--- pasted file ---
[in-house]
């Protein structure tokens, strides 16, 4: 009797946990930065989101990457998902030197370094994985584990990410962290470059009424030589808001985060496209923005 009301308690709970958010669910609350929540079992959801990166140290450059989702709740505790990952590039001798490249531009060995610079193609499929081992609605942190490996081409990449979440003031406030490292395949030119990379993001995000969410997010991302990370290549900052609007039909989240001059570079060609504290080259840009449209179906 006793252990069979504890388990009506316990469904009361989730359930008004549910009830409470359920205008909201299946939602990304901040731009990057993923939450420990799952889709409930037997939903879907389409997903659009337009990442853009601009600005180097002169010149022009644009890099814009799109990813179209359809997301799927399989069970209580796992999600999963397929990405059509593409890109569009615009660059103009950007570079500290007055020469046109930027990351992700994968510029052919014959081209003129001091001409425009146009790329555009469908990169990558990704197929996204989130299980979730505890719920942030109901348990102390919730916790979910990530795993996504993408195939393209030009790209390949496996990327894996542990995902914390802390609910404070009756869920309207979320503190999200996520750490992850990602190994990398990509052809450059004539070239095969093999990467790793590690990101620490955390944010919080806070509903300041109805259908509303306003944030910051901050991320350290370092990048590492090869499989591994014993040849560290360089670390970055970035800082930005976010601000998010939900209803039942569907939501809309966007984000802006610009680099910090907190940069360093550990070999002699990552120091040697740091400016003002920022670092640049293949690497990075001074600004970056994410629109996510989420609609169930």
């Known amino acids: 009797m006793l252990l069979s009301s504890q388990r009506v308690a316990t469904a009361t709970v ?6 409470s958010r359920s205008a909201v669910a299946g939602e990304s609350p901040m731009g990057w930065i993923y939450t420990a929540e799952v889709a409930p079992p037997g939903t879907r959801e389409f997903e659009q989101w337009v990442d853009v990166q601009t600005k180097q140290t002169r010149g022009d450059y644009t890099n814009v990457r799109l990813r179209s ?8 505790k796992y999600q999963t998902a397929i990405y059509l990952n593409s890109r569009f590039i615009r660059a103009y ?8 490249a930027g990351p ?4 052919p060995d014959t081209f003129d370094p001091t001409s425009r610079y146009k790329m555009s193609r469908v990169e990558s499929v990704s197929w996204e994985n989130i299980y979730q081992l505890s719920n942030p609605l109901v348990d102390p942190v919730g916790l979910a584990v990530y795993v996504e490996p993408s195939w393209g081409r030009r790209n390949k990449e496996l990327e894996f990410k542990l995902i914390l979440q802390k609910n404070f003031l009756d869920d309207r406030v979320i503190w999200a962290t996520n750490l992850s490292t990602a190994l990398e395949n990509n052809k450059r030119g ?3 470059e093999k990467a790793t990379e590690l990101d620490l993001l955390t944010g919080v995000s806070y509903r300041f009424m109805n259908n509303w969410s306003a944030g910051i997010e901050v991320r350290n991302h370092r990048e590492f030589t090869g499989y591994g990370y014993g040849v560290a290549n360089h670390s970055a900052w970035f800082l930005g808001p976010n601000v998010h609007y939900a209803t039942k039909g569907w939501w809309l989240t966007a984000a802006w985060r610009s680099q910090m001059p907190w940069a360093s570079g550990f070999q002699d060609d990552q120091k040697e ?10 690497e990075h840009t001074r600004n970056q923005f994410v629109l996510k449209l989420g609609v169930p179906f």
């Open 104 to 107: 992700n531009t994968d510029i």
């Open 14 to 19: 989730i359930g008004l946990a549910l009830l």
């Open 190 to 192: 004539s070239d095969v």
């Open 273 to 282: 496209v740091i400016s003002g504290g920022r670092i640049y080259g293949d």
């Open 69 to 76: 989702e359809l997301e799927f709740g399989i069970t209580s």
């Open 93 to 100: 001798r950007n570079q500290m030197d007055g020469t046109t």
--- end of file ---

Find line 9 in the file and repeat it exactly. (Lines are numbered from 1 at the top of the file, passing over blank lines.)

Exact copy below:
């Open 93 to 100: 001798r950007n570079q500290m030197d007055g020469t046109t």